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  • Oral presentation
  • Open Access

Frequency and patterns of coercive measures in acute psychiatric wards in Switzerland

  • 1 and
  • 2
BMC Psychiatry20077 (Suppl 1) :S123

https://doi.org/10.1186/1471-244X-7-S1-S123

  • Published:

Keywords

  • Public Health
  • Schizophrenia
  • Directed Measure
  • Median Duration
  • Affective Disorder

Background

To describe the frequency and nature of coercive measures in admission wards in the German speaking part of Switzerland.

Methods

We collected during 3 months data on coercive measures in a prospective study on 24 admission wards in 12 psychiatric hospitals in the German speaking part of Switzerland. The study wards represent 27% of all 87 acute wards and 37% of all 32 hospitals in the area. Coercive measures were defined as all individual directed measures without consent of patient.

Results

The data cover 2,344 treatment episodes of 2,017 patients (41,560 treatment days). The patients mean age was 39 years, 46.6% were females, 39% were involuntarily admitted, and the median LOS was 8 days. The most frequent ICD-10 diagnoses were F2 (schizophrenia; 29%), F1 (psychoactive substance use; 24.9%), F3 (affective disorders, 16.7%) and F4/6 (neurosis/personality disorders, 18%). A total of 715 coercive measures were registered, the rate being 1.72 (95%-CI 1.60–1.85) per 100 treatment days. 13% of the treatment episodes included one or more coercive treatments. The most frequent type of coercion was pure seclusion (31%), followed by seclusion + medication p.o. (25%), seclusion + mechanical restraint (9%), seclusion + forced injection (7%), open-door seclusion (7%), seclusion + mechanical restraint + medication p.o. (5%), forced injection (4%), seclusion + mechanical restraint + forced injection (3%). The median duration of seclusion was 4 hrs and the median duration of mechanical restraint 10 hrs. Besides risk for violence or self harm/suicide the reasons for coercive treatment included reduction of stimuli and refusal of treatment in 45% and 26% of the episodes respectively. The frequency of different types of coercion varied remarkably among wards and hospitals.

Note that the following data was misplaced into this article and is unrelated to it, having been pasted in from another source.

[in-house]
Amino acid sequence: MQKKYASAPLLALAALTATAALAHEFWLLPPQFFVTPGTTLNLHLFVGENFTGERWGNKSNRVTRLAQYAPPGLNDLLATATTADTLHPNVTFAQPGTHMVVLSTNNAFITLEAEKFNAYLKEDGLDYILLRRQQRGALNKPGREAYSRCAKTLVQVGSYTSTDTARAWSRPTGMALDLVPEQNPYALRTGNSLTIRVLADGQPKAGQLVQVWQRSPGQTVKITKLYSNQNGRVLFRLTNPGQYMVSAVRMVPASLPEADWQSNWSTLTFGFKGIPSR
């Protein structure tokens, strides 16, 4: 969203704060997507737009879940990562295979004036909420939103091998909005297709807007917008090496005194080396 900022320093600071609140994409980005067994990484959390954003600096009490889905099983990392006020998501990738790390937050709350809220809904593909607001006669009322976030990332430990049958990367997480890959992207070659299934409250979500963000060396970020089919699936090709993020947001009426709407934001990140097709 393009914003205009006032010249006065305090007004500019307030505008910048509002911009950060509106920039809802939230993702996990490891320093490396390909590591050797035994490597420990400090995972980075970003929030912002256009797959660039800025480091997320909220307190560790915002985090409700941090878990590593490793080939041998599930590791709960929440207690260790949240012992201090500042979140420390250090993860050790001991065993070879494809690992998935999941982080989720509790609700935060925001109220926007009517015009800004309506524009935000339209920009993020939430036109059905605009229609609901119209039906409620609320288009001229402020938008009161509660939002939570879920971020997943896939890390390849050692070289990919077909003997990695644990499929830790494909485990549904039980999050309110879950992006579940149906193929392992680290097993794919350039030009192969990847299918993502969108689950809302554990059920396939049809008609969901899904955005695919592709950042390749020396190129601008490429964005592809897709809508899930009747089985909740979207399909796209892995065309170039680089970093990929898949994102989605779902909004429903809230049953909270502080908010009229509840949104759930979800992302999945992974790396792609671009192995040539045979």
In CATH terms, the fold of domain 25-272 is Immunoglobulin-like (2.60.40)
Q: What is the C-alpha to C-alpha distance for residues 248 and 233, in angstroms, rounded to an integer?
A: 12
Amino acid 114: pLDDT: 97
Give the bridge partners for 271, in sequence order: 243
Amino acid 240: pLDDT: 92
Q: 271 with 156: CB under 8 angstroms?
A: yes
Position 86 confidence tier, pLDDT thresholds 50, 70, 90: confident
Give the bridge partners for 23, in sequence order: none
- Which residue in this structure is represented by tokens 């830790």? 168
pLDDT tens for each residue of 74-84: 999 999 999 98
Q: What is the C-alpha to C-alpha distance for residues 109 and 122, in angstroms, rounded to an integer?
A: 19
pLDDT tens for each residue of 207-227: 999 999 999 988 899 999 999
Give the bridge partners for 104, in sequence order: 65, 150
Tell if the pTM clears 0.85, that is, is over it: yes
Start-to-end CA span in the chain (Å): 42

Conclusion

The reasons for the variation in patterns of coercive treatment (indication, type, duration) among wards and hospitals are unclear and demand further investigation.

Authors’ Affiliations

(1)
University Bern Psychiatric Services, Nursing and Social Education Research Unit, Bolligenstrasse 111, CH-3000 Bern 60, Switzerland
(2)
University of Applied Sciences St. Gallen, Department of Health, Tellstrasse 2, CH-9000 St. Gallen, Switzerland

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